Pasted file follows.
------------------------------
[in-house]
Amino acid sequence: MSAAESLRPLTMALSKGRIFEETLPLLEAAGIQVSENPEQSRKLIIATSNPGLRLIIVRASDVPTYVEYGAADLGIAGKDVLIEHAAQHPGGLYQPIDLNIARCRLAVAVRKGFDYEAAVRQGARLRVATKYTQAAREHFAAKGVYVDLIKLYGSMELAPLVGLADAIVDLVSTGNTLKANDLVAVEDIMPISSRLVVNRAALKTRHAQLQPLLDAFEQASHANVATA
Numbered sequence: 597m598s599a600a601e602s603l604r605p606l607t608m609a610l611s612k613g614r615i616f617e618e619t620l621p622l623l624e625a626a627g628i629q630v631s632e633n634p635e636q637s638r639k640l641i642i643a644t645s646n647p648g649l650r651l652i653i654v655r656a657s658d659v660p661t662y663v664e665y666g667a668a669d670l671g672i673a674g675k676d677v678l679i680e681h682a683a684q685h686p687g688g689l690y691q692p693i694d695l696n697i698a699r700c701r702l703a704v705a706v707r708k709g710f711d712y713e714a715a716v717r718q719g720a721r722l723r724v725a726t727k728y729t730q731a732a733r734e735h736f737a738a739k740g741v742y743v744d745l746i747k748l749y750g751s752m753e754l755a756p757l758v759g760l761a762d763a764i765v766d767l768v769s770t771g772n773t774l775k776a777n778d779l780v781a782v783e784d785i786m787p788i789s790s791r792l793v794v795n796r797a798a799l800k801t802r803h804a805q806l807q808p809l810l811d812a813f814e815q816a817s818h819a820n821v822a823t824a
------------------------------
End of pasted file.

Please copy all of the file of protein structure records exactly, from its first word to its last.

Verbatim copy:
[in-house]
Amino acid sequence: MSAAESLRPLTMALSKGRIFEETLPLLEAAGIQVSENPEQSRKLIIATSNPGLRLIIVRASDVPTYVEYGAADLGIAGKDVLIEHAAQHPGGLYQPIDLNIARCRLAVAVRKGFDYEAAVRQGARLRVATKYTQAAREHFAAKGVYVDLIKLYGSMELAPLVGLADAIVDLVSTGNTLKANDLVAVEDIMPISSRLVVNRAALKTRHAQLQPLLDAFEQASHANVATA
Numbered sequence: 597m598s599a600a601e602s603l604r605p606l607t608m609a610l611s612k613g614r615i616f617e618e619t620l621p622l623l624e625a626a627g628i629q630v631s632e633n634p635e636q637s638r639k640l641i642i643a644t645s646n647p648g649l650r651l652i653i654v655r656a657s658d659v660p661t662y663v664e665y666g667a668a669d670l671g672i673a674g675k676d677v678l679i680e681h682a683a684q685h686p687g688g689l690y691q692p693i694d695l696n697i698a699r700c701r702l703a704v705a706v707r708k709g710f711d712y713e714a715a716v717r718q719g720a721r722l723r724v725a726t727k728y729t730q731a732a733r734e735h736f737a738a739k740g741v742y743v744d745l746i747k748l749y750g751s752m753e754l755a756p757l758v759g760l761a762d763a764i765v766d767l768v769s770t771g772n773t774l775k776a777n778d779l780v781a782v783e784d785i786m787p788i789s790s791r792l793v794v795n796r797a798a799l800k801t802r803h804a805q806l807q808p809l810l811d812a813f814e815q816a817s818h819a820n821v822a823t824a